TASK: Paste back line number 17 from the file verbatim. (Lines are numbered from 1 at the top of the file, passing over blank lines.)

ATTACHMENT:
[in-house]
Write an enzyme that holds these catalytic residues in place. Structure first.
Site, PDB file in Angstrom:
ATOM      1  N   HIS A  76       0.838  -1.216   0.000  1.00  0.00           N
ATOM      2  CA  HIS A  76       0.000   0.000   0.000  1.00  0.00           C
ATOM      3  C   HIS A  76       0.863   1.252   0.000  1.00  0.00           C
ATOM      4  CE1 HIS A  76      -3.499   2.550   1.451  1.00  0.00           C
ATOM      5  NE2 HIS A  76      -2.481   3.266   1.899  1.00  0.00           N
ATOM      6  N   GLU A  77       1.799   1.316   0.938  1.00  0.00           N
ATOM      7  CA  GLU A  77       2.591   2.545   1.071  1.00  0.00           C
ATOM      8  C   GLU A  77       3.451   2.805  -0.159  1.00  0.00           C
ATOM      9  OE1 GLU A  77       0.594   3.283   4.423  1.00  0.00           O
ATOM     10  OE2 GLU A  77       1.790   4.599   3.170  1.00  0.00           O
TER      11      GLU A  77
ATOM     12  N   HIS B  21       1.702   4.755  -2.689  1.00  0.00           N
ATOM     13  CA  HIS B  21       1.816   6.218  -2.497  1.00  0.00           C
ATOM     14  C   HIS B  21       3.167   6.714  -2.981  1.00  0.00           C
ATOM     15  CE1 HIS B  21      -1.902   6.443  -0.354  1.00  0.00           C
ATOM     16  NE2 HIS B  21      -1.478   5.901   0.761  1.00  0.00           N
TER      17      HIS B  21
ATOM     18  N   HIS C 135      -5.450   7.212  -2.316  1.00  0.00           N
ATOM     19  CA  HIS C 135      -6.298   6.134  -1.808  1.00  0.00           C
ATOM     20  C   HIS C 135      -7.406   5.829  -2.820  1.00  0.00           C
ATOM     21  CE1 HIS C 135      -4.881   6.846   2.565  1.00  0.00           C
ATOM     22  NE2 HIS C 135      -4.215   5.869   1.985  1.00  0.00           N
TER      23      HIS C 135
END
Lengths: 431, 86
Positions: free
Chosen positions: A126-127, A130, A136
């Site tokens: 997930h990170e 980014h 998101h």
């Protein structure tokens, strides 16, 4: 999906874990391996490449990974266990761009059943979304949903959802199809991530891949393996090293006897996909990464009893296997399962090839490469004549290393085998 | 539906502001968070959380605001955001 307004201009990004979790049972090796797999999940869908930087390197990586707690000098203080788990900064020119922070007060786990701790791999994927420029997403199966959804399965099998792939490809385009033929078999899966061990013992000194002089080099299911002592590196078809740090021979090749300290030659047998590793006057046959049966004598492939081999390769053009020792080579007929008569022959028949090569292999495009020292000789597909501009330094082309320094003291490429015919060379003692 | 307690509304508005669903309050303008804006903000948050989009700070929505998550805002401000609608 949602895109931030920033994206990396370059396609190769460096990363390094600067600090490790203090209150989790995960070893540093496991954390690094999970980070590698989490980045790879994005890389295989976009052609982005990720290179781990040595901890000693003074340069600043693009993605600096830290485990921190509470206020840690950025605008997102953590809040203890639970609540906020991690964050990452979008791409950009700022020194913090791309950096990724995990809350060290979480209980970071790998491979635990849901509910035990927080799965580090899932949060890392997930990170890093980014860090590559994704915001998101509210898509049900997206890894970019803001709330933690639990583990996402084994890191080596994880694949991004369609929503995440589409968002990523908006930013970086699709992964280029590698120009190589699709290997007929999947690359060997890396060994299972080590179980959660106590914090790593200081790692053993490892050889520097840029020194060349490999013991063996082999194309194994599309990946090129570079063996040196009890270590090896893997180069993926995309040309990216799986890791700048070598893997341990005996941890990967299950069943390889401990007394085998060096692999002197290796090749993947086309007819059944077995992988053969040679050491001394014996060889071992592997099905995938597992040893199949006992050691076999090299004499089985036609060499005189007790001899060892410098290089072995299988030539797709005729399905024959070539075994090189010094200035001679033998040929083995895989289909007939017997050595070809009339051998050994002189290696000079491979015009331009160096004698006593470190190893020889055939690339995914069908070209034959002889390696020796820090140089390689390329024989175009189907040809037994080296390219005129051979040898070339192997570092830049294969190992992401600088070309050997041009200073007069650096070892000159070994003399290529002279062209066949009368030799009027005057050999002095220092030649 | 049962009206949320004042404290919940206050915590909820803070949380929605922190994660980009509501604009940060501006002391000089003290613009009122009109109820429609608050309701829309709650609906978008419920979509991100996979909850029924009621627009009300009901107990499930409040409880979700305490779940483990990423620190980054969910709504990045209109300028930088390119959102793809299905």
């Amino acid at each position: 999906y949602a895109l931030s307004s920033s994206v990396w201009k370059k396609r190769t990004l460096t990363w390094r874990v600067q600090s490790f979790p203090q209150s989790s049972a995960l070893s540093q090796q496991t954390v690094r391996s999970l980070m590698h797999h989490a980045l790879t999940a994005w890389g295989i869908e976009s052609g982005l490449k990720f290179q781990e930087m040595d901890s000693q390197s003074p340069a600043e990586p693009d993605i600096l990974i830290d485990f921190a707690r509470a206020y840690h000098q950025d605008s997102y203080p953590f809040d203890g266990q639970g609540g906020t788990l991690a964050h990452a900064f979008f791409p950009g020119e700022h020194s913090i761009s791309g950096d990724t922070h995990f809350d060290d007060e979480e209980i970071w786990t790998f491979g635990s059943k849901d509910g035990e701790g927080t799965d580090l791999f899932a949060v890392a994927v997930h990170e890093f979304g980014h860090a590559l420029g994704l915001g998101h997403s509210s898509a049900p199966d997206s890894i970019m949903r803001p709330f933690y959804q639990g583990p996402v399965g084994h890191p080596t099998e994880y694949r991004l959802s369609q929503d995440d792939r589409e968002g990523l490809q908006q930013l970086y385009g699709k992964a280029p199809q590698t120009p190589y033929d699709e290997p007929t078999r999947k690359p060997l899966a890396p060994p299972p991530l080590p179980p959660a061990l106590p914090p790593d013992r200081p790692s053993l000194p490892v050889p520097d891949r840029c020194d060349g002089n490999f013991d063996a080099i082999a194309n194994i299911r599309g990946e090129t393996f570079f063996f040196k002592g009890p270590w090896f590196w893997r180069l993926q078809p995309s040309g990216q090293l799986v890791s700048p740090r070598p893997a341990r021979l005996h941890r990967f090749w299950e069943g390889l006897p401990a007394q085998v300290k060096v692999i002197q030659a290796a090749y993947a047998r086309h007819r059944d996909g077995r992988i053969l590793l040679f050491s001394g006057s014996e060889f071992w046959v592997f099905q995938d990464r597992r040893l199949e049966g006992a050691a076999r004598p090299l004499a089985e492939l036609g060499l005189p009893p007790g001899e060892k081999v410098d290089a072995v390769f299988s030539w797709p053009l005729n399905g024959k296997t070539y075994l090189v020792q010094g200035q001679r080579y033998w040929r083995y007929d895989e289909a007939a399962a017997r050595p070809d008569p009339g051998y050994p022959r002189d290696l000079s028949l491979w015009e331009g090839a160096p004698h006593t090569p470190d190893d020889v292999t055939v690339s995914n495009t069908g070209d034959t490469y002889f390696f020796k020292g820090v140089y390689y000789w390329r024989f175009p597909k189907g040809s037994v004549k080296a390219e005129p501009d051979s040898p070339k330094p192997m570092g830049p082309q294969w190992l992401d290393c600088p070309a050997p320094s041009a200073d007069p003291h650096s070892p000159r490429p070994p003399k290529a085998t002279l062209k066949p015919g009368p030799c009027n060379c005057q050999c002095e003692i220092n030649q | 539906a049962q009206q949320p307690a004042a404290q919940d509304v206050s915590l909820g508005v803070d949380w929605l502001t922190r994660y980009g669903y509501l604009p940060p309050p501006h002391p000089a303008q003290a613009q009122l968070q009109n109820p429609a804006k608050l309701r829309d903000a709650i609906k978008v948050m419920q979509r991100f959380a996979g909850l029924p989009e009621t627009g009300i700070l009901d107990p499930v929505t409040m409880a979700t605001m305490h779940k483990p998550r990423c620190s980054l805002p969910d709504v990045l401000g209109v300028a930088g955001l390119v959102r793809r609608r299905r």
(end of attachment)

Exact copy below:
ATOM     14  C   HIS B  21       3.167   6.714  -2.981  1.00  0.00           C